schadenfreude \SHOD-n-froy-duh\, noun: A malicious satisfaction obtained from the misfortunes of others
Feeling guilty already, aren’t you? Who doesn’t have moments (hours, days, months…) of schadenfreude when our enemies and competitors get their come-uppins? They deserved it, right? What goes around comes around. It’s even better when we didn’t do anything to cause their misfortune. There are no fingerprints at the scene, so to speak.
I’m not going to try to tackle the rightness or wrongness of this feeling when it is derived from our enemies and competitors. Lots of gray area there. But what particularly interests me is how commonly this feeling is directed at people who are on the same team as us. They have the same goals and objectives as us, but we want them to stumble. Why? The two most common reasons are competition and resentment.
While competition can be a positive and healthy thing for athletic teams, it’s not so great within the Body of Christ. We often measure our worth by comparing ourselves with those around us. This can lead to frustration, despair, envy, covetousness, bitterness and even sabotaging behaviors if we feel like we are on the losing end. It can lead to pride, complacency and disdain for others if we feel like we are on the winning end.
Holding a grudge about a perceived wrong done to us makes it difficult for us to see the “guilty” party succeed. We want justice. We want fairness restored. They slighted us, attacked us, overlooked us, punished us…, and we feel that we are righteously indignant. Failure, embarrassment or difficult obstacles in their path would make us feel like the scales had been returned to their proper positions.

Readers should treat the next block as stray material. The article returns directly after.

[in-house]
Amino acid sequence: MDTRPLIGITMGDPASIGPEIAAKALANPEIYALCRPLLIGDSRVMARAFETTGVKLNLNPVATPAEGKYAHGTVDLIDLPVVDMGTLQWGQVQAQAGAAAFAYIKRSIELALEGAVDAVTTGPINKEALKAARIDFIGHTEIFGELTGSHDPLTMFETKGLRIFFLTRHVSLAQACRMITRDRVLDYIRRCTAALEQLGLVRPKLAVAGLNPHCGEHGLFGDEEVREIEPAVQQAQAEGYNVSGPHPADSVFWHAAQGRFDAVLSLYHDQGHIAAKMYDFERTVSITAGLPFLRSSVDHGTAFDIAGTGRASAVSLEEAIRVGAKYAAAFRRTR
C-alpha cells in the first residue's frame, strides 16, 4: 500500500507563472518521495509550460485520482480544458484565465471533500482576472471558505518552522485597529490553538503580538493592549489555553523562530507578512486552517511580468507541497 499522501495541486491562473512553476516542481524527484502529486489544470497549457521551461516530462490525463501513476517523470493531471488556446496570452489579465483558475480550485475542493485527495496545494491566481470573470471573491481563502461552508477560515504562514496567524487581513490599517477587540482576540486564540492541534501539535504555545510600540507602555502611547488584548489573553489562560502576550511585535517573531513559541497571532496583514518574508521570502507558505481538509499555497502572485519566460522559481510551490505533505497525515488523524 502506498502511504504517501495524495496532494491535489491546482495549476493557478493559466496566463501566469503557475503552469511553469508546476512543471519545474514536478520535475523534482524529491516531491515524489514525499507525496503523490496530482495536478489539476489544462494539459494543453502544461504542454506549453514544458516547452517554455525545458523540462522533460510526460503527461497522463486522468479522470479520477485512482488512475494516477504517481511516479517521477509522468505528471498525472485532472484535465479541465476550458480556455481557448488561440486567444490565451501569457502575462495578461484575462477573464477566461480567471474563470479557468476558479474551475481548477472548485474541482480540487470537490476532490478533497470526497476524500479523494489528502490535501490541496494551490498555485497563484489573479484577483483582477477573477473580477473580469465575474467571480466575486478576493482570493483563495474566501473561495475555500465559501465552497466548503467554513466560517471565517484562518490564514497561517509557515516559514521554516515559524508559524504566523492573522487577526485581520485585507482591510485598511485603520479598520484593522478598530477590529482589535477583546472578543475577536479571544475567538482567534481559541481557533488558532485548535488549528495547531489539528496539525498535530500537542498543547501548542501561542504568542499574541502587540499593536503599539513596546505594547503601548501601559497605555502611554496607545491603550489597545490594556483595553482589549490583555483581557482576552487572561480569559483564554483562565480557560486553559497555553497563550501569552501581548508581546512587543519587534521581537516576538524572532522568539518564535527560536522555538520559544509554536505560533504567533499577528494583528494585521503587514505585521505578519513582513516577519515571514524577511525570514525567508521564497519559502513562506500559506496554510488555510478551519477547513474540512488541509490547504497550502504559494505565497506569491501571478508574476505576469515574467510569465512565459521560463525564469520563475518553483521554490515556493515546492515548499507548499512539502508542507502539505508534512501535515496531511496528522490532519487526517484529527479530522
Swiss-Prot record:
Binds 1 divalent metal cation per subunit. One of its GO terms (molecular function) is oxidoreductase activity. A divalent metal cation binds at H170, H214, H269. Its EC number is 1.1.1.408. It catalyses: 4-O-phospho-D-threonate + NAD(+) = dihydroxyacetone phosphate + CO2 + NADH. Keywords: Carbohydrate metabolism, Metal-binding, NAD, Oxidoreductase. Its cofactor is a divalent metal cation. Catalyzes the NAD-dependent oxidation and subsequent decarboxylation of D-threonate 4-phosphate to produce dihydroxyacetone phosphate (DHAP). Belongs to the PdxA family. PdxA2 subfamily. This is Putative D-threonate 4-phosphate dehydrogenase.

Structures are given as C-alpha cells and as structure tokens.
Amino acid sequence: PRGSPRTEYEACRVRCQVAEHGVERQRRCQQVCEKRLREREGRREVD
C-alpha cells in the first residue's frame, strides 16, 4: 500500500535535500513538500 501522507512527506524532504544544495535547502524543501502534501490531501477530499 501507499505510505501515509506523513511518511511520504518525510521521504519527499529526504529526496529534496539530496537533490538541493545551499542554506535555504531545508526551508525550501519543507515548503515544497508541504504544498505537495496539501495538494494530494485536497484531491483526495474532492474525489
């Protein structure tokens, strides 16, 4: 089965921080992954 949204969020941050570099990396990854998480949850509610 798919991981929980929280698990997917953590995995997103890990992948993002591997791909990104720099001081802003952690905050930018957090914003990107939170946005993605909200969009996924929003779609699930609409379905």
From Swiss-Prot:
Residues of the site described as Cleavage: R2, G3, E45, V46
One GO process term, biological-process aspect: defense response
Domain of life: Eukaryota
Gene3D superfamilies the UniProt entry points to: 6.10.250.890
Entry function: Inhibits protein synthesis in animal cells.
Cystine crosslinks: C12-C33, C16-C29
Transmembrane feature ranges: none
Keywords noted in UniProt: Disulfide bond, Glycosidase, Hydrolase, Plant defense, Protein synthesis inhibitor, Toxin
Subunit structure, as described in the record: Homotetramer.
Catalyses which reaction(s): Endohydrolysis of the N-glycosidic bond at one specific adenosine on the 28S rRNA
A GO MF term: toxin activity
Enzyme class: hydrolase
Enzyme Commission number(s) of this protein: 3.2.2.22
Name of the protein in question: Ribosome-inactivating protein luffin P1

Hopefully, it’s obvious that this isn’t healthy. It leads to all types of passive-aggressive and aggressive behaviors, ranging from negative thoughts to gossip to rumors to Tonya Harding-inspired pipes to the knee. Even at their most “innocuous” levels, these feelings lead us to withhold assistance and advice and prayer that might help the other person. Schadenfreude is the equivalent of cancer to the Body of Christ. It will destroy us from the inside out.
As brothers and sisters in Christ, we need to be diligent to spot the signs of schadenfreude when they surface, and we need to deal with them quickly and decisively. When we see them in ourselves, we should be quick to pray for God to give us the ability to forgive and to have His love for the other person. When we see them in others, we should lovingly point out the bitter root and help our friends forgive and love.
We’ve got enough enemies and competitors without adding them from inside the Body. Let’s stop doing the devil’s work for him.